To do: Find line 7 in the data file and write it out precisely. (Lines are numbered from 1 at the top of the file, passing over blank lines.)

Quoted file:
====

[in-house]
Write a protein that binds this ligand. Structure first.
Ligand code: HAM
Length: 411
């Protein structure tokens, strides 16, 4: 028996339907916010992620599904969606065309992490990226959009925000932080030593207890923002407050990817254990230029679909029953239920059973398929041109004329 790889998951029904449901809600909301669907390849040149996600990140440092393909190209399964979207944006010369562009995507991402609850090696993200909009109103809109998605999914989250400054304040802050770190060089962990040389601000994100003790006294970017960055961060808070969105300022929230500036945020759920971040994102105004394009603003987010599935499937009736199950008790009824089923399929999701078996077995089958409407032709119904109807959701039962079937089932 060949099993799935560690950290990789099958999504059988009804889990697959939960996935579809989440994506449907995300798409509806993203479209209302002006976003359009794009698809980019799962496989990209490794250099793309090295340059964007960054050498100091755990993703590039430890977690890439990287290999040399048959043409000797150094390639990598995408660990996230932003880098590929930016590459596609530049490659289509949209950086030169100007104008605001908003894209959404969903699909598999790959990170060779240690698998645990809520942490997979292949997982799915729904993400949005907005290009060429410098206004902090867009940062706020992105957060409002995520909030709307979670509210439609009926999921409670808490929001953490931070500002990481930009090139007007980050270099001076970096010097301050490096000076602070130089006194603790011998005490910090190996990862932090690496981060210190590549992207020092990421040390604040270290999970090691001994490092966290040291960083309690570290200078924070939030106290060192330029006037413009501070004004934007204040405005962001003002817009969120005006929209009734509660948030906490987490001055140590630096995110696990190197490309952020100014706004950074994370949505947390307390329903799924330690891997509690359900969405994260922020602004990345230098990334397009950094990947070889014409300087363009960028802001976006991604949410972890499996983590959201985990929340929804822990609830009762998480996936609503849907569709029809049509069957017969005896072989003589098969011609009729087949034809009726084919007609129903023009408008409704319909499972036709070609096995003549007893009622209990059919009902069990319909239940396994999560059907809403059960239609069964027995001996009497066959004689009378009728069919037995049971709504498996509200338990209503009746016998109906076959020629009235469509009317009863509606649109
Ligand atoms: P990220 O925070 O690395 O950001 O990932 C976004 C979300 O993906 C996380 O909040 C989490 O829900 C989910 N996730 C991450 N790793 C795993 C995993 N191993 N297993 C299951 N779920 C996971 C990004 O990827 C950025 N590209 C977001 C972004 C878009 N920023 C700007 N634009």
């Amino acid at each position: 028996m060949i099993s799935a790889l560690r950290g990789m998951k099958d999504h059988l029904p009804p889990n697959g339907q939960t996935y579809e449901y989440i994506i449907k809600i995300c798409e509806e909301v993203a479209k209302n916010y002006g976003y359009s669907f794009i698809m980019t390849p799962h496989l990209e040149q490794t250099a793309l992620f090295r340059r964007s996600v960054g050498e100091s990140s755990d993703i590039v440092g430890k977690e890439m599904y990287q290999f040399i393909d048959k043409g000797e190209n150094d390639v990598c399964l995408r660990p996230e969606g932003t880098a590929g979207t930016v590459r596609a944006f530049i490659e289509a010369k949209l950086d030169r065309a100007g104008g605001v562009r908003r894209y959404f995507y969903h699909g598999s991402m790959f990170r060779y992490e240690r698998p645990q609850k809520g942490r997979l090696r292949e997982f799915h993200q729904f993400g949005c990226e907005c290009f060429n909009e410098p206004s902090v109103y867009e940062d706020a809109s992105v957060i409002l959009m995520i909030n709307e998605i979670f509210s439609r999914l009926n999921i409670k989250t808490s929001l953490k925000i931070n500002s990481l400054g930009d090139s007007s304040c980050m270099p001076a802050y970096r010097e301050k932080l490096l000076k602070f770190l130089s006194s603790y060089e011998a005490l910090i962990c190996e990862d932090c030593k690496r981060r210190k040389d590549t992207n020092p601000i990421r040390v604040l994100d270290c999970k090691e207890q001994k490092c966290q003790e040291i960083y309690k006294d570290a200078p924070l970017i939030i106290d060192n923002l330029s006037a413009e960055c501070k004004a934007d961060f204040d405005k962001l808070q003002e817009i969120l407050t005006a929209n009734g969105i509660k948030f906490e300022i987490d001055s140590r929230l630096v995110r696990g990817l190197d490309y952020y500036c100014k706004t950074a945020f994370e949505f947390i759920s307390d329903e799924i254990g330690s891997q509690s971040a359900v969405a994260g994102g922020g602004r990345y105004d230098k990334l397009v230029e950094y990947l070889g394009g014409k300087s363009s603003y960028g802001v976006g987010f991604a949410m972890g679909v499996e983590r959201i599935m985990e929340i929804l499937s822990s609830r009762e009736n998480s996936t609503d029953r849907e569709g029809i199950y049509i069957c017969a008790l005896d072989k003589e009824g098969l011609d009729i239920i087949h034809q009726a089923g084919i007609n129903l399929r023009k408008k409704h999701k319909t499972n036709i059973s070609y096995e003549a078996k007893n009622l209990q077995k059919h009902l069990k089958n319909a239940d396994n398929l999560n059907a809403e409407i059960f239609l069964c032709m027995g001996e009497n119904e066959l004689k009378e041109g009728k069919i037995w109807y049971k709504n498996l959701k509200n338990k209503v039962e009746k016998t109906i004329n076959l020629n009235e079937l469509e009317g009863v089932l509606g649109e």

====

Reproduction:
């Amino acid at each position: 028996m060949i099993s799935a790889l560690r950290g990789m998951k099958d999504h059988l029904p009804p889990n697959g339907q939960t996935y579809e449901y989440i994506i449907k809600i995300c798409e509806e909301v993203a479209k209302n916010y002006g976003y359009s669907f794009i698809m980019t390849p799962h496989l990209e040149q490794t250099a793309l992620f090295r340059r964007s996600v960054g050498e100091s990140s755990d993703i590039v440092g430890k977690e890439m599904y990287q290999f040399i393909d048959k043409g000797e190209n150094d390639v990598c399964l995408r660990p996230e969606g932003t880098a590929g979207t930016v590459r596609a944006f530049i490659e289509a010369k949209l950086d030169r065309a100007g104008g605001v562009r908003r894209y959404f995507y969903h699909g598999s991402m790959f990170r060779y992490e240690r698998p645990q609850k809520g942490r997979l090696r292949e997982f799915h993200q729904f993400g949005c990226e907005c290009f060429n909009e410098p206004s902090v109103y867009e940062d706020a809109s992105v957060i409002l959009m995520i909030n709307e998605i979670f509210s439609r999914l009926n999921i409670k989250t808490s929001l953490k925000i931070n500002s990481l400054g930009d090139s007007s304040c980050m270099p001076a802050y970096r010097e301050k932080l490096l000076k602070f770190l130089s006194s603790y060089e011998a005490l910090i962990c190996e990862d932090c030593k690496r981060r210190k040389d590549t992207n020092p601000i990421r040390v604040l994100d270290c999970k090691e207890q001994k490092c966290q003790e040291i960083y309690k006294d570290a200078p924070l970017i939030i106290d060192n923002l330029s006037a413009e960055c501070k004004a934007d961060f204040d405005k962001l808070q003002e817009i969120l407050t005006a929209n009734g969105i509660k948030f906490e300022i987490d001055s140590r929230l630096v995110r696990g990817l190197d490309y952020y500036c100014k706004t950074a945020f994370e949505f947390i759920s307390d329903e799924i254990g330690s891997q509690s971040a359900v969405a994260g994102g922020g602004r990345y105004d230098k990334l397009v230029e950094y990947l070889g394009g014409k300087s363009s603003y960028g802001v976006g987010f991604a949410m972890g679909v499996e983590r959201i599935m985990e929340i929804l499937s822990s609830r009762e009736n998480s996936t609503d029953r849907e569709g029809i199950y049509i069957c017969a008790l005896d072989k003589e009824g098969l011609d009729i239920i087949h034809q009726a089923g084919i007609n129903l399929r023009k408008k409704h999701k319909t499972n036709i059973s070609y096995e003549a078996k007893n009622l209990q077995k059919h009902l069990k089958n319909a239940d396994n398929l999560n059907a809403e409407i059960f239609l069964c032709m027995g001996e009497n119904e066959l004689k009378e041109g009728k069919i037995w109807y049971k709504n498996l959701k509200n338990k209503v039962e009746k016998t109906i004329n076959l020629n009235e079937l469509e009317g009863v089932l509606g649109e």